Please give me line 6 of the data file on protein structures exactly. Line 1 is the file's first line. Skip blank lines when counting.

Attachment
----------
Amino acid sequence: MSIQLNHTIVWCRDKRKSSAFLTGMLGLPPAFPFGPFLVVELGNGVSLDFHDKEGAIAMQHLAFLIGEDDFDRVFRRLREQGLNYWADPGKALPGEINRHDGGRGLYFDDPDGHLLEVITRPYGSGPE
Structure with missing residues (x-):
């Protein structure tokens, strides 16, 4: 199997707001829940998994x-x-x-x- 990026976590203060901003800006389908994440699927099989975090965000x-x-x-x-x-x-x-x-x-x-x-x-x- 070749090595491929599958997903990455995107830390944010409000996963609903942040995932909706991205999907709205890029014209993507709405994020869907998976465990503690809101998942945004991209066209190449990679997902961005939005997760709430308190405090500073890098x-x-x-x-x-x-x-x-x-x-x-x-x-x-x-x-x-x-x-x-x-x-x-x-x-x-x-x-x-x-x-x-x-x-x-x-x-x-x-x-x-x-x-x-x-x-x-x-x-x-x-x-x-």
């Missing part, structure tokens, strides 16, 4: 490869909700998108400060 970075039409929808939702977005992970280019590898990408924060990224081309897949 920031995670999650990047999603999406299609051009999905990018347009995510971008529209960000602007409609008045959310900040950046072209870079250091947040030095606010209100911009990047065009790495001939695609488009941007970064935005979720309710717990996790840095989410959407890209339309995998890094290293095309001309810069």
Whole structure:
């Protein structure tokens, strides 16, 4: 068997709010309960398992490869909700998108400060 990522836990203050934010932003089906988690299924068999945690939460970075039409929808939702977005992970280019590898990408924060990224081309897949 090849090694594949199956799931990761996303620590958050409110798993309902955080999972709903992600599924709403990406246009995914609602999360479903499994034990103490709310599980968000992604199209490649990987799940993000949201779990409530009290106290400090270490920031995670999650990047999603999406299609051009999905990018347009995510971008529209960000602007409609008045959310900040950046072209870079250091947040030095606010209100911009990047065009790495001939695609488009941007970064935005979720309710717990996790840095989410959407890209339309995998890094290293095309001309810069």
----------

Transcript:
């Protein structure tokens, strides 16, 4: 068997709010309960398992490869909700998108400060 990522836990203050934010932003089906988690299924068999945690939460970075039409929808939702977005992970280019590898990408924060990224081309897949 090849090694594949199956799931990761996303620590958050409110798993309902955080999972709903992600599924709403990406246009995914609602999360479903499994034990103490709310599980968000992604199209490649990987799940993000949201779990409530009290106290400090270490920031995670999650990047999603999406299609051009999905990018347009995510971008529209960000602007409609008045959310900040950046072209870079250091947040030095606010209100911009990047065009790495001939695609488009941007970064935005979720309710717990996790840095989410959407890209339309995998890094290293095309001309810069």